Despite constant attempts by analysts and the media to complicate the basics of investing, there are only three ways a stock can create value for shareholders:    

  1. Dividends.
  2. Earnings growth.
  3. Changes in valuation multiples.

In this series, we drill down on one company's returns to see how each of those three has played a role over the past decade. Step on up, H.J. Heinz (NYSE: HNZ).

Heinz shares returned 90% over the last decade. How'd they get there?

Dividends pulled most of the weight. Without dividends, shares returned just 33% over the last 10 years.

Earnings growth was fairly weak. Heinz's normalized earnings per share grew an average of just 2.3% a year from 2001 until today. That's below the market average but about on par with what others in the snack industry like ConAgra (NYSE: CAG) and Kraft (NYSE: KFT) produced over the period -- it's been rough going for food companies lately.

And have a look at Heinz's valuation multiple:

Source: S&P Capital IQ.

The big drop around 2002 was due to a temporary dearth of earnings near the turn of the decade -- ignore it. What's important here is that Heinz's valuation multiple has stayed in a fairly tight range over most of the last decade, with shares never becoming noticeably overvalued. That's allowed what little earnings growth it produced to turn into shareholder returns -- it's why, more simply, Heinz produced acceptable shareholder returns even as earnings growth nearly stalled. That should drive home one of the most important lessons in investing: starting valuations determine future returns.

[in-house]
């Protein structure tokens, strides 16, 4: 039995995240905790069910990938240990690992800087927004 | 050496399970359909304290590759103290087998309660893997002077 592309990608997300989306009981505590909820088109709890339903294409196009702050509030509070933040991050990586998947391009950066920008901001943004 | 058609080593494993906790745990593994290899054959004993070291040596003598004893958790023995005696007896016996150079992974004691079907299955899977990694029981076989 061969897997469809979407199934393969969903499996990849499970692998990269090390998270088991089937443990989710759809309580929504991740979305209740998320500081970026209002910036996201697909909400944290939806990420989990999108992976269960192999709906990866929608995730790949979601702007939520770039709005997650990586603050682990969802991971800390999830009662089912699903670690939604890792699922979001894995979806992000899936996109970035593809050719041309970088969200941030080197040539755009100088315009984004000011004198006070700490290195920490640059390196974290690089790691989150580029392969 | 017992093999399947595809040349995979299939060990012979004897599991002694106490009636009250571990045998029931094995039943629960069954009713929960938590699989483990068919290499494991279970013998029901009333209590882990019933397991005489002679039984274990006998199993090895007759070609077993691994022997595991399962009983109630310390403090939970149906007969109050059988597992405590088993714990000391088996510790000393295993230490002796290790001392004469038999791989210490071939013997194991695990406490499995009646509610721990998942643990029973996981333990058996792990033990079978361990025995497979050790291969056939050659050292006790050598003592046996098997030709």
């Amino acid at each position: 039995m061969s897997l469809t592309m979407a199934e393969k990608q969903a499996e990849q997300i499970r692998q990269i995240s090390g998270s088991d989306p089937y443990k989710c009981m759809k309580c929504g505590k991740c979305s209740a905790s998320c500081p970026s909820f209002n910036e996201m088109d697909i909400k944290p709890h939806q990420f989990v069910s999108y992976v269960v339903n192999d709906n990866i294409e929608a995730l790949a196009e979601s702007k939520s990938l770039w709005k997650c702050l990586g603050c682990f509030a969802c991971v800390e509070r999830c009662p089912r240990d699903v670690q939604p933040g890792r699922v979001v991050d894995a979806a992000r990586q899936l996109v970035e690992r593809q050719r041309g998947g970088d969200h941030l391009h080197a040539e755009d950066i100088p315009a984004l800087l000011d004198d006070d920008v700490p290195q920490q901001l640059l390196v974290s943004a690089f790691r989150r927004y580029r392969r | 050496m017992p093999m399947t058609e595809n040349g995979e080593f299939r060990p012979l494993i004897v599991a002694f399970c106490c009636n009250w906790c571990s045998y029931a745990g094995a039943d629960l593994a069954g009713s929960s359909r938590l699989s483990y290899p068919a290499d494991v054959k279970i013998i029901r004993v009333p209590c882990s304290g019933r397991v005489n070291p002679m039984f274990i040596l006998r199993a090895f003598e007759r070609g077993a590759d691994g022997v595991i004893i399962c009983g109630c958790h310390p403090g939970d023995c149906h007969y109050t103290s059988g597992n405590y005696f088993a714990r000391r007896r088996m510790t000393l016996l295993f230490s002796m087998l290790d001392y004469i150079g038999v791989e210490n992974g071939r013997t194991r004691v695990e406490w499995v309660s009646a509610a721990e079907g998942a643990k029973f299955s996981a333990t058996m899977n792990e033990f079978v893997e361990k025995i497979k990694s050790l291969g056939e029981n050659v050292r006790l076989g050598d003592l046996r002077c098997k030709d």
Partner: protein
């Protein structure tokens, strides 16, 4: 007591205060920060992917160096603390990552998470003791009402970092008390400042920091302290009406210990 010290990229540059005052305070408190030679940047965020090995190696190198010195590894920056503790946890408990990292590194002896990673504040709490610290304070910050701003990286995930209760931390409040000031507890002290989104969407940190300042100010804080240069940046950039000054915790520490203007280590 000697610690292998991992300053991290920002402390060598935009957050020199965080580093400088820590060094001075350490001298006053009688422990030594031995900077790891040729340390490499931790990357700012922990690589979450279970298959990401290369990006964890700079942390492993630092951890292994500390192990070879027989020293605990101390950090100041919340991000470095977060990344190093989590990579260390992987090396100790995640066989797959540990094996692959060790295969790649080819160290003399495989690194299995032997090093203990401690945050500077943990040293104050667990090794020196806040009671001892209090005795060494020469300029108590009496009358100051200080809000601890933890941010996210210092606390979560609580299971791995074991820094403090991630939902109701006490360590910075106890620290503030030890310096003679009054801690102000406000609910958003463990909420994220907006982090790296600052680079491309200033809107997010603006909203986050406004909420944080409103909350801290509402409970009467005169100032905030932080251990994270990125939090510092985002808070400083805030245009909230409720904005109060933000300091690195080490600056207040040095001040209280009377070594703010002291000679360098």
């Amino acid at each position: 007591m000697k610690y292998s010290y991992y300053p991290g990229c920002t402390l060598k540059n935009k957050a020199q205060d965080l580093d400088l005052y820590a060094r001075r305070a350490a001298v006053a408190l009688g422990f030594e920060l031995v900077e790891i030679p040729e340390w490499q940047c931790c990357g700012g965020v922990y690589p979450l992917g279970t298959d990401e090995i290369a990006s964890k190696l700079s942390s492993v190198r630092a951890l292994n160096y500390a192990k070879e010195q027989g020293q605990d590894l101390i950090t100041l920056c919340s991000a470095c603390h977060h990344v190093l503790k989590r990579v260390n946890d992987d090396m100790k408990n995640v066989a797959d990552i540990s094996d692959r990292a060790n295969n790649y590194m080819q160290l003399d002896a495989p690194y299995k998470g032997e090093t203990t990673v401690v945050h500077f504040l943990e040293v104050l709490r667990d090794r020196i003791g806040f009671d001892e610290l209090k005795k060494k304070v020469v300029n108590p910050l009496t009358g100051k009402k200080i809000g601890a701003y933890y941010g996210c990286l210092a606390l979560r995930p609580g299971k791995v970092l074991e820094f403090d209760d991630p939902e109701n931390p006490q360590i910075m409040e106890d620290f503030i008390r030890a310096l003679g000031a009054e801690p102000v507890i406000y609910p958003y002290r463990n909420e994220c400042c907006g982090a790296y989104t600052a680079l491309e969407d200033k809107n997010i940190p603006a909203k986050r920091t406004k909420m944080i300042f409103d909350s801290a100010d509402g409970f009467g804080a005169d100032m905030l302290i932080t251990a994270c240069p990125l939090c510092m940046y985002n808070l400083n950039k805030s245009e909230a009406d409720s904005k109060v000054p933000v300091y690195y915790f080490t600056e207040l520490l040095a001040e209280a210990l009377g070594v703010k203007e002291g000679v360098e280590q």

This stuff might seem basic, but it's worth paying attention to. It's important to know not only how much a stock has returned, but where those returns came from. Sometimes earnings grow, but the market isn't willing to pay as much for those earnings. Sometimes earnings fall, but the market bids shares higher anyway. Sometimes both earnings and earnings multiples stay flat, but a company generates returns through dividends. Sometimes everything works together, and returns surge. Sometimes nothing works and they crash. All tell a different story about the state of a company. Not knowing why something happened can be just as dangerous as not knowing that something happened at all.

This article represents the opinion of the writer, who may disagree with the “official” recommendation position of a Motley Fool premium advisory service. We’re motley! Questioning an investing thesis -- even one of our own -- helps us all think critically about investing and make decisions that help us become smarter, happier, and richer.